Batty accepts that attempts to impose too much of a template on partners are doomed to failure. "We are constantly struggling for ways to structure and organise partners, but always fail because the reseller sector is so complex," he says.
"My experience is that if you try to put resellers in a box, some will find it hard to grow. When we are sharing out the sales leads, someone might miss out who could do the job because we have classified them too narrowly. It's easier to say to resellers, 'What is it you don't do?'"
Batty adds that a vertical tag against a reseller's name has other down-sides too. "Big corporates are no longer competing only vertically any more. Shops are into banking, banks are into insurance. Even resellers themselves are part of this trend by getting more and more into providing finance. The internet is enabling a lot of the breakdown between barriers. Amazon.com is selling books and CDs, forcing people like Waterstones into the CD market."
Clearly, in such a climate it is only a strong-minded reseller that looks at only one type of customer.
If a traditional approach to the vertical issue is getting harder to sustain, are there not more modern approaches that look forward to a web-enabled future while allowing some of the cosy specialism of the Old Economy model?
Say the word 'vertical' to a lot of people in an IT context, and they will assume you are talking about vertical portals or e-marketplaces.
Cashing in on e-marketplaces
With the online business-to-business (B2B) market set to be worth $3tn by 2003, and the current explosion in vertical and horizontal trading communities still going on, setting up an e-marketplace might look like a good opportunity for an established service provider or reseller to deepen its relations with a particular sector while at the same time embracing the internet.
However, bear in mind that while quite a few of the bigger ecommerce exchanges are struggling to get enough bums on seats, most of the smaller so-called private exchanges are thriving. In fact, almost 90 per cent of the world's B2B ecommerce this year will flow through private e-marketplaces.
Private marketplaces are the work of organisations seeking to switch relationships with suppliers to an e-procurement model, within a closed and highly selective network.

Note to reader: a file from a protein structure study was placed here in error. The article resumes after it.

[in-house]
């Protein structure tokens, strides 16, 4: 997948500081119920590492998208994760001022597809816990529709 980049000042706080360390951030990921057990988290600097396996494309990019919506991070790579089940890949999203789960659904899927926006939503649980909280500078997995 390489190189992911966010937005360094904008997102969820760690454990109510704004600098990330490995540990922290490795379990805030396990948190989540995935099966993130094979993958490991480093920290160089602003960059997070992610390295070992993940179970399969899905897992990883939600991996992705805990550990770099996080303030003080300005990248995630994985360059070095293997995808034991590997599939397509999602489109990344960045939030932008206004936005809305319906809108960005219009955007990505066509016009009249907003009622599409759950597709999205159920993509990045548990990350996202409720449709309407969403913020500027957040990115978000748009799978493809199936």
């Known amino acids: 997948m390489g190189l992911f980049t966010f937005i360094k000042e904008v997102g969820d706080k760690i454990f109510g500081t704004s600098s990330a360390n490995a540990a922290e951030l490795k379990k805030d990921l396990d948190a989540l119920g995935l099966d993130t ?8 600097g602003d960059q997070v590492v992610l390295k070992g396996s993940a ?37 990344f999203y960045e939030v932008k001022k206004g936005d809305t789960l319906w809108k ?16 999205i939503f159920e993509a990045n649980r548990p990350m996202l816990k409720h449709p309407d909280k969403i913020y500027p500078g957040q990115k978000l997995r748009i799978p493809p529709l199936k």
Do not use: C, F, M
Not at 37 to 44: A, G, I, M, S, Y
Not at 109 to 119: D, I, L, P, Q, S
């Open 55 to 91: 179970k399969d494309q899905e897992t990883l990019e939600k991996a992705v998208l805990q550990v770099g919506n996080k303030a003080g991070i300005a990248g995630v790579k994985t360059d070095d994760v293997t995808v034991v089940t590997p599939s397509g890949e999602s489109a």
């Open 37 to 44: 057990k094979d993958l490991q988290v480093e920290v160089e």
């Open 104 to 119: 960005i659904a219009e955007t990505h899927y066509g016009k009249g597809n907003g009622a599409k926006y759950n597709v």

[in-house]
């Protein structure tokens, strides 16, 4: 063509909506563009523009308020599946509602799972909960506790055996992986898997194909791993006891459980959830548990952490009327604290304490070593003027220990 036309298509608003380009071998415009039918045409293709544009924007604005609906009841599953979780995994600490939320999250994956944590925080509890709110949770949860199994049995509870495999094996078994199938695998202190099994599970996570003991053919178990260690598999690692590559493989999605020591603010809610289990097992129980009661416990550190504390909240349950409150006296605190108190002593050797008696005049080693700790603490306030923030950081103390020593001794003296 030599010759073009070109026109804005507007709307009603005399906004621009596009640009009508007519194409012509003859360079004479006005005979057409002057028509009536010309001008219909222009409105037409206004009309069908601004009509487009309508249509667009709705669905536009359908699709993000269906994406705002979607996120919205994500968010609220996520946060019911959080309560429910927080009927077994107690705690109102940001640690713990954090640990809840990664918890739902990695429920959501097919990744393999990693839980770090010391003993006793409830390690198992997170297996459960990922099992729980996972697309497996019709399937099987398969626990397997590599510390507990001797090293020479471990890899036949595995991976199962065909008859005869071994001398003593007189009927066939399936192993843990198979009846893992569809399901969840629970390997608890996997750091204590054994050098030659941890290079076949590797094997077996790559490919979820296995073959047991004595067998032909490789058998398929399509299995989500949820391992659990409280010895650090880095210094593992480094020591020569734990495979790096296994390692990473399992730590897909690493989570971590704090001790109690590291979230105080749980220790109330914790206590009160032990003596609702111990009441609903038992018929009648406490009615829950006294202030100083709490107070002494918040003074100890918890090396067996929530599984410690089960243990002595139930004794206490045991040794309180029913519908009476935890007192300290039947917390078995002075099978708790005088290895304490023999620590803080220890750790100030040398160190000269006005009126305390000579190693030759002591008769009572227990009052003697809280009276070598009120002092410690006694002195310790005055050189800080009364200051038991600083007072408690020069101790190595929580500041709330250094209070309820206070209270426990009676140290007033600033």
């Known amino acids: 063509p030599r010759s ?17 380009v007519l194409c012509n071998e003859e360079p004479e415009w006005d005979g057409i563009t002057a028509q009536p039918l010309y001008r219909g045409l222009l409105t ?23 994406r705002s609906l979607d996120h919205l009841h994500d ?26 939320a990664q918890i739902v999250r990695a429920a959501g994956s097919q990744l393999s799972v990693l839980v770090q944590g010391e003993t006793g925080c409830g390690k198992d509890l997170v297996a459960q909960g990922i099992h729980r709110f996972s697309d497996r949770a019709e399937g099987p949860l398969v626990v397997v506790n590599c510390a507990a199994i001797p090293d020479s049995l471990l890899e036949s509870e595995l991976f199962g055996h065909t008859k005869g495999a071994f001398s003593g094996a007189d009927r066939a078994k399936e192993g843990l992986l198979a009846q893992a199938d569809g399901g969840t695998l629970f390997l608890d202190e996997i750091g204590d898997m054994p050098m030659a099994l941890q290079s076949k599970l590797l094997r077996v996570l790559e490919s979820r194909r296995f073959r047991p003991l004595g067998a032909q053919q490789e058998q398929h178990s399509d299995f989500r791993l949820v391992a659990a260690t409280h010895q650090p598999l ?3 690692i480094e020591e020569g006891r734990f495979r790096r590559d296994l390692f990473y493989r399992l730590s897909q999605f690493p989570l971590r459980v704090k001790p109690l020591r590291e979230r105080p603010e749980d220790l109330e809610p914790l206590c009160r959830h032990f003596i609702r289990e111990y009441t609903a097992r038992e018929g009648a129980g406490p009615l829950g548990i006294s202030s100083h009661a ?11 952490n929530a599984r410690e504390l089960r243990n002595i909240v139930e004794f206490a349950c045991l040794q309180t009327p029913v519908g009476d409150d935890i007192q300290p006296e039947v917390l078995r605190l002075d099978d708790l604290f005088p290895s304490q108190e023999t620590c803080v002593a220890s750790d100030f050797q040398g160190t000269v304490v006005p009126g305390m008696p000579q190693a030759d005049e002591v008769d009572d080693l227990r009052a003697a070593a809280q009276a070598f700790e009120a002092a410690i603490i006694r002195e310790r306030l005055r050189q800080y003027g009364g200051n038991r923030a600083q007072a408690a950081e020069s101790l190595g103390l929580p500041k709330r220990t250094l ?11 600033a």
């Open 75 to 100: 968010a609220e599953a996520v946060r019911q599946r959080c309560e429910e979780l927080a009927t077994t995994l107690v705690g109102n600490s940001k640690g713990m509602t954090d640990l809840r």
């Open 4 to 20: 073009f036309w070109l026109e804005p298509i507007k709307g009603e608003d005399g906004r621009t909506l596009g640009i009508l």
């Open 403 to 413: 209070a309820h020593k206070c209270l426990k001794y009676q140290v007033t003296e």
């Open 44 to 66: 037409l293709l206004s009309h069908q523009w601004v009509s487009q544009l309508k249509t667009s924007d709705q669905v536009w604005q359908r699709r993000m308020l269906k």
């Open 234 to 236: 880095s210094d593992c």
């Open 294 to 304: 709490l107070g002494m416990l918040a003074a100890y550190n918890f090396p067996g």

In this way, they are realising various goals such as disintermediation, better forecasting and planning, lower inventory and consequently lower risk. And unlike old-school electronic data interchange, with which private exchanges are so often compared, the technical barriers for participation by these suppliers are low in theory.
If you have a number of customers within a particular sector, helping them to adopt such a model could be a way of focusing your efforts more closely on that sector.
Alternatively, there are many small niches that do not yet have a public all-comers exchange to address their needs. You may not get an entree into the automotive or health B2B sectors, but if you already supply independent chemists, for example, or restaurants, then it could be a case of getting in there before someone else does.
Many resellers might be put off taking a vertical route for fear that this will rob them of valuable horizontal perspective. After all, if you spend all day devising solutions for forestry companies or pet shops, who is going to tell you about the latest CRM innovation?
The main virtue of vertical markets is the ability to excel in a narrow range of disciplines. The fewer plates you spin, the greater your chances of keeping them aloft. To ensure that this narrow focus is as undiluted as possible, resellers should consider making distribution partners work for their living by providing non-core horizontal technologies and services that they can brand as their own.
Wholesaler Westcon, for example, has been offering its resellers an easy route to providing network services without holding this expertise in-house. It is offering its customers managed Frame Relay services as well as Frame Internet Access that they can pass onto customers.